How Incubus left Ozzfest behind |


How Incubus left Ozzfest behind

How Incubus left Ozzfest behind. Frontman Brandon Boyd tells about the band's evolution from metal to pop


(Incubus: Anthony Mandler/Corbis Outline)

In the nü-metaling, punk-popping universe of rock radio, Incubus are an anomaly. The Calabas, California, group began as a nominal metal band, playing Ozzfest twice. But their hits – ”Drive” from their last album, ”Nice to Know You,” and ”Wish You Were Here” from their latest, ”Morning View”– are neither nü nor especially metallic.

Instead, they’re thickly textured rock, with pop melodies that made them ”TRL” favorites – and a sense of groove that led Moby to declare Incubus one of his favorite bands and invite them on his Area One tour last year. In the midst of their current tour, Incubus’ thoughtful hunk of a frontman, Brandon Boyd, tells about finding inspiration from Ani DiFranco, being a sex symbol, and fitting in with the new wave of rock and pop.

Given what you guys sound like now, does it ever seem crazy to you that you played Ozzfest?
[laughs] It even seemed crazy to us while we were doing it. But in a really weird way, playing Ozzfest helped remind us what we were and the things that we were meant to do, as opposed to the things we were not meant to do. Ozzy and Queens of the Stone Age were standouts, but most of the other bands were very forgettable. Still, they remind you there are enough bands doing THIS – with a big exclamation point and arrow pointing at the specific genre. So we said, Why don’t we concentrate on things that inspired us when we were a lot younger, like Zeppelin and the Doors, and on things we haven’t heard before in rock music, such as some of the Eastern influences.

Your lyrics seem to come from a different place than a lot of current rock bands. Which songwriters do you admire?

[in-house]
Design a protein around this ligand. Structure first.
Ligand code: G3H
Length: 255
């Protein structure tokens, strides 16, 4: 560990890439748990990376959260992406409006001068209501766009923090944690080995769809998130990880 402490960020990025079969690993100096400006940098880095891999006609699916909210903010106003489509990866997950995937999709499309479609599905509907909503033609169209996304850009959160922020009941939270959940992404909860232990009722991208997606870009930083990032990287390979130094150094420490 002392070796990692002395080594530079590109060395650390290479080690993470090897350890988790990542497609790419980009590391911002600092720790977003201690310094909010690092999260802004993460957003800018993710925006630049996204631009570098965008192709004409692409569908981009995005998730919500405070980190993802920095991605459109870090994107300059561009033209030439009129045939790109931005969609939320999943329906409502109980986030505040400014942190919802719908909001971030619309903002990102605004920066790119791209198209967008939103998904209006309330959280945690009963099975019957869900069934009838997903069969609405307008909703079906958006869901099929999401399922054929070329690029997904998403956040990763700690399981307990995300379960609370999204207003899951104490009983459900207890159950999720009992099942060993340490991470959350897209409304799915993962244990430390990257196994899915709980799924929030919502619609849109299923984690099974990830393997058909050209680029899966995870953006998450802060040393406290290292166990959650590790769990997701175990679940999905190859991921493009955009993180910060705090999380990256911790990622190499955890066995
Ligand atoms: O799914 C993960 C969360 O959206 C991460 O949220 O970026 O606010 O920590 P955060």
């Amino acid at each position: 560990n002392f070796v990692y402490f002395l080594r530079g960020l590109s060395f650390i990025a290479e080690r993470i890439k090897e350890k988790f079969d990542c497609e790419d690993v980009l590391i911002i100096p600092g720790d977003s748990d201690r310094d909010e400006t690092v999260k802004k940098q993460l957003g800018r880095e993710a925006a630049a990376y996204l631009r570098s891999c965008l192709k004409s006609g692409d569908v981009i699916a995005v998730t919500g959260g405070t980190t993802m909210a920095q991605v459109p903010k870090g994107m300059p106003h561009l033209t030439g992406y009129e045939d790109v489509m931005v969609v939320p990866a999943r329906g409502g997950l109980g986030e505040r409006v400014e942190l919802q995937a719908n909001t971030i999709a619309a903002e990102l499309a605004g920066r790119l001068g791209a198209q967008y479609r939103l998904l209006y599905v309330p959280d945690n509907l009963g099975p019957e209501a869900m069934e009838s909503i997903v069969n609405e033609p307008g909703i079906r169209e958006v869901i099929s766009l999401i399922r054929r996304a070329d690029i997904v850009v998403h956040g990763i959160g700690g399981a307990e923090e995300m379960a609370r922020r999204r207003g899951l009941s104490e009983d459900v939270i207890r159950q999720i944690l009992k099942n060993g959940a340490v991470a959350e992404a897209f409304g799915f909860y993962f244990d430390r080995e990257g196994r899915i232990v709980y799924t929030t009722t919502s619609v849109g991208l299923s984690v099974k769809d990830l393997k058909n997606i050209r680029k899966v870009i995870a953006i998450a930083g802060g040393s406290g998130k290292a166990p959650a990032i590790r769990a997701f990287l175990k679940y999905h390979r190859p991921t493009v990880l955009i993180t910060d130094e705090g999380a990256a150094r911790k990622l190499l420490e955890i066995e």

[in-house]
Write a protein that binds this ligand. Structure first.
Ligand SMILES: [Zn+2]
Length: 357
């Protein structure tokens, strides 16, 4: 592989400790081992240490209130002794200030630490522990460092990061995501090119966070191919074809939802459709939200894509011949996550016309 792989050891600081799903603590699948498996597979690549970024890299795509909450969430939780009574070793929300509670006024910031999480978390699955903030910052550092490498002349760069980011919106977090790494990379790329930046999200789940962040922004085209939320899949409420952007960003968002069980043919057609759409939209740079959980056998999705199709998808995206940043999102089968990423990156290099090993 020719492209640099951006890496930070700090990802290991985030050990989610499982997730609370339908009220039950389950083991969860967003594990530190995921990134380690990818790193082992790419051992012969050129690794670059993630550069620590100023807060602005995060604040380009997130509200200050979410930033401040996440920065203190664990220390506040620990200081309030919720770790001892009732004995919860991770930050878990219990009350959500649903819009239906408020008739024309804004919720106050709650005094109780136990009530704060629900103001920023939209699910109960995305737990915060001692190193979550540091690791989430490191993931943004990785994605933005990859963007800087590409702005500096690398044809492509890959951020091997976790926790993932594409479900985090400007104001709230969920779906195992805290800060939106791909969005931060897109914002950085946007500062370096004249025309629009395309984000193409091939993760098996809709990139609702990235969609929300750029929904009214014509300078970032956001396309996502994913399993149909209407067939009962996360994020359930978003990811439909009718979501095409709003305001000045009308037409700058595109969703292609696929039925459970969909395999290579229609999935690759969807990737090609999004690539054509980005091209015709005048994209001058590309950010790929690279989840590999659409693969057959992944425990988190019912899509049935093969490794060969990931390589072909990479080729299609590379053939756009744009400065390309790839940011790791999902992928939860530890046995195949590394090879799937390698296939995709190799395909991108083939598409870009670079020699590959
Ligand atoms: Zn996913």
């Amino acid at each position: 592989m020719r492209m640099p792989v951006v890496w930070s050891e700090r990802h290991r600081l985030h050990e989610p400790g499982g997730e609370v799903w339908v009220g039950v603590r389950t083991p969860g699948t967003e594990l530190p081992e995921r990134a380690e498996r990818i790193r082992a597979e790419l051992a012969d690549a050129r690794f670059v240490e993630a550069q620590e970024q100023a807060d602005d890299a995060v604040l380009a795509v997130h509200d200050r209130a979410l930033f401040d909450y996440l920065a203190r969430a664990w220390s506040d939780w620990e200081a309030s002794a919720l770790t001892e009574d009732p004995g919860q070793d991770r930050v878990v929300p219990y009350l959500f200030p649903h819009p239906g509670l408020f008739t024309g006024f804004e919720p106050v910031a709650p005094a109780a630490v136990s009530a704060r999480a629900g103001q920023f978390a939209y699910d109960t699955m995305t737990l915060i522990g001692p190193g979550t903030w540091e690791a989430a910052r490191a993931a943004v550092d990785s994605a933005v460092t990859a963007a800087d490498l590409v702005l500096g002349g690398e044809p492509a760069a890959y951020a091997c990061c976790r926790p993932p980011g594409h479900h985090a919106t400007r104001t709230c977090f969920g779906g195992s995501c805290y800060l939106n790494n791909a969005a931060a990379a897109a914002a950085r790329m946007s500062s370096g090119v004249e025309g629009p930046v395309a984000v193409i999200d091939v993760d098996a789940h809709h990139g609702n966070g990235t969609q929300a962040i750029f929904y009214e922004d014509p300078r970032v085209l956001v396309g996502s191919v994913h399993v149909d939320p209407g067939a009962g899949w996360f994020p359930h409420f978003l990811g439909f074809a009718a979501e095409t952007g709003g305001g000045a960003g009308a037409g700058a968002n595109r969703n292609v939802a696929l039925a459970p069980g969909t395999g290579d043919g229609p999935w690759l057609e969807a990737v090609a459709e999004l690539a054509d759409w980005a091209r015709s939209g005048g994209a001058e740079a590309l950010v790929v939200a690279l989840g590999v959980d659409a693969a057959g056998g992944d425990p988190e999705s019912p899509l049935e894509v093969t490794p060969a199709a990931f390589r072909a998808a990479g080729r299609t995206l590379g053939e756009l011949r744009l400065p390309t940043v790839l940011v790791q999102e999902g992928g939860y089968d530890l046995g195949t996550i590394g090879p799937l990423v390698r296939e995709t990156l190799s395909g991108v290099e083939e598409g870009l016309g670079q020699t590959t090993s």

When I was growing up, my parents played Neil Diamond, Andrew Lloyd Webber, and Abba, and my older sister would listen to the Go-Gos and Journey and stuff like that. I liked the music and everything, but I didn’t pay much attention to the lyrics.

That’s probably a good idea.
Right. But I’ve been very influenced by Ani DiFranco. She’s an amazing lyricist. The first time I saw her was at the Troubadour in Los Angeles. I was standing right in front of her, and I remember really hearing what she was saying, and going, wow, That girl knows what she’s talking about. She had a way of saying important things in extremely clever ways. Right around the same time I was being introduced to some inspiring authors, people like Tom Robbins, Charles Bukowski, and Kurt Vonnegut.

Though you guys seem pretty serious and spiritual, a large proportion of your audience seems to be young girls. How do you feel about being a sex symbol?
There has been a contingent of young screaming women but none of us are gonna complain. If they’re there and they’re feeling it in whatever form that they’re feeling it, that’s fine with us. When women first showed up at the concerts, it had been years and years with just guys at our shows – so it was a nice surprise. As far as getting sick of the sex symbol whatever thing, we don’t pay much attention to what’s being said about us. Knock wood, I have yet to see it affect us or me adversely.